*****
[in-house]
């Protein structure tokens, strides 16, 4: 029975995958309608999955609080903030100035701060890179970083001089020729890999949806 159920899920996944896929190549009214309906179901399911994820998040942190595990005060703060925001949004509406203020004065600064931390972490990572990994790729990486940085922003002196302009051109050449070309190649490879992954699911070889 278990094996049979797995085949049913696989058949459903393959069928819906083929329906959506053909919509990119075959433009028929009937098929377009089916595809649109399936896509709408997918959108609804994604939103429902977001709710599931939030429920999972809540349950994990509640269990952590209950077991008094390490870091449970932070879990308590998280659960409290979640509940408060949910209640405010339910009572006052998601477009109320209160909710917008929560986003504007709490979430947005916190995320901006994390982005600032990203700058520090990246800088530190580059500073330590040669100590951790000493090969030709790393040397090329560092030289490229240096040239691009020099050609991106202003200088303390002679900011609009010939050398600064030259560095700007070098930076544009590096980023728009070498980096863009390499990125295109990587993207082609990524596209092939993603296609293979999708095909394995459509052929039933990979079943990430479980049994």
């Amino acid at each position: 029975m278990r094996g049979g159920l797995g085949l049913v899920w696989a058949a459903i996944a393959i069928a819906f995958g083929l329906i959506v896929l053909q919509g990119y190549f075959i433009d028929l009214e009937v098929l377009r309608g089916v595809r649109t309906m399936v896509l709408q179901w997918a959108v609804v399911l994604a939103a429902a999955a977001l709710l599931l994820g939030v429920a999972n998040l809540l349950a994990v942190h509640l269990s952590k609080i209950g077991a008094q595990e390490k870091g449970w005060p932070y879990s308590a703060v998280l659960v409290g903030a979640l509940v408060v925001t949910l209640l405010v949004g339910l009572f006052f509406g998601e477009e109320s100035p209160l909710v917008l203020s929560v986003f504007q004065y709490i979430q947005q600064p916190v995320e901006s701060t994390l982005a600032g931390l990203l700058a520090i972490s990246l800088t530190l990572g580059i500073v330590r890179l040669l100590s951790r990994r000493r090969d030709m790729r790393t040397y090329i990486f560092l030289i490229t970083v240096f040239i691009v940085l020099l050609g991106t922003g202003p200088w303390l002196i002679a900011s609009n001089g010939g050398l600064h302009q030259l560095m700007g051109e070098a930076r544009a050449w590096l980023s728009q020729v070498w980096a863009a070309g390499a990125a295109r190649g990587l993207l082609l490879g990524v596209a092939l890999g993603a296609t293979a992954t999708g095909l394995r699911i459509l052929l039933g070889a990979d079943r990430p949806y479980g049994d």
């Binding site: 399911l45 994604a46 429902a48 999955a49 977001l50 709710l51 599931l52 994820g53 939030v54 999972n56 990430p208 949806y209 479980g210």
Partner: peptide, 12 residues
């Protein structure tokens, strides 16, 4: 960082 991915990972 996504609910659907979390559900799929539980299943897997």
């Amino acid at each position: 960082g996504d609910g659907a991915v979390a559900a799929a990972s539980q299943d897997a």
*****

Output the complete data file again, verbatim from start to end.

[in-house]
């Protein structure tokens, strides 16, 4: 029975995958309608999955609080903030100035701060890179970083001089020729890999949806 159920899920996944896929190549009214309906179901399911994820998040942190595990005060703060925001949004509406203020004065600064931390972490990572990994790729990486940085922003002196302009051109050449070309190649490879992954699911070889 278990094996049979797995085949049913696989058949459903393959069928819906083929329906959506053909919509990119075959433009028929009937098929377009089916595809649109399936896509709408997918959108609804994604939103429902977001709710599931939030429920999972809540349950994990509640269990952590209950077991008094390490870091449970932070879990308590998280659960409290979640509940408060949910209640405010339910009572006052998601477009109320209160909710917008929560986003504007709490979430947005916190995320901006994390982005600032990203700058520090990246800088530190580059500073330590040669100590951790000493090969030709790393040397090329560092030289490229240096040239691009020099050609991106202003200088303390002679900011609009010939050398600064030259560095700007070098930076544009590096980023728009070498980096863009390499990125295109990587993207082609990524596209092939993603296609293979999708095909394995459509052929039933990979079943990430479980049994």
């Amino acid at each position: 029975m278990r094996g049979g159920l797995g085949l049913v899920w696989a058949a459903i996944a393959i069928a819906f995958g083929l329906i959506v896929l053909q919509g990119y190549f075959i433009d028929l009214e009937v098929l377009r309608g089916v595809r649109t309906m399936v896509l709408q179901w997918a959108v609804v399911l994604a939103a429902a999955a977001l709710l599931l994820g939030v429920a999972n998040l809540l349950a994990v942190h509640l269990s952590k609080i209950g077991a008094q595990e390490k870091g449970w005060p932070y879990s308590a703060v998280l659960v409290g903030a979640l509940v408060v925001t949910l209640l405010v949004g339910l009572f006052f509406g998601e477009e109320s100035p209160l909710v917008l203020s929560v986003f504007q004065y709490i979430q947005q600064p916190v995320e901006s701060t994390l982005a600032g931390l990203l700058a520090i972490s990246l800088t530190l990572g580059i500073v330590r890179l040669l100590s951790r990994r000493r090969d030709m790729r790393t040397y090329i990486f560092l030289i490229t970083v240096f040239i691009v940085l020099l050609g991106t922003g202003p200088w303390l002196i002679a900011s609009n001089g010939g050398l600064h302009q030259l560095m700007g051109e070098a930076r544009a050449w590096l980023s728009q020729v070498w980096a863009a070309g390499a990125a295109r190649g990587l993207l082609l490879g990524v596209a092939l890999g993603a296609t293979a992954t999708g095909l394995r699911i459509l052929l039933g070889a990979d079943r990430p949806y479980g049994d």
């Binding site: 399911l45 994604a46 429902a48 999955a49 977001l50 709710l51 599931l52 994820g53 939030v54 999972n56 990430p208 949806y209 479980g210």
Partner: peptide, 12 residues
């Protein structure tokens, strides 16, 4: 960082 991915990972 996504609910659907979390559900799929539980299943897997």
């Amino acid at each position: 960082g996504d609910g659907a991915v979390a559900a799929a990972s539980q299943d897997a």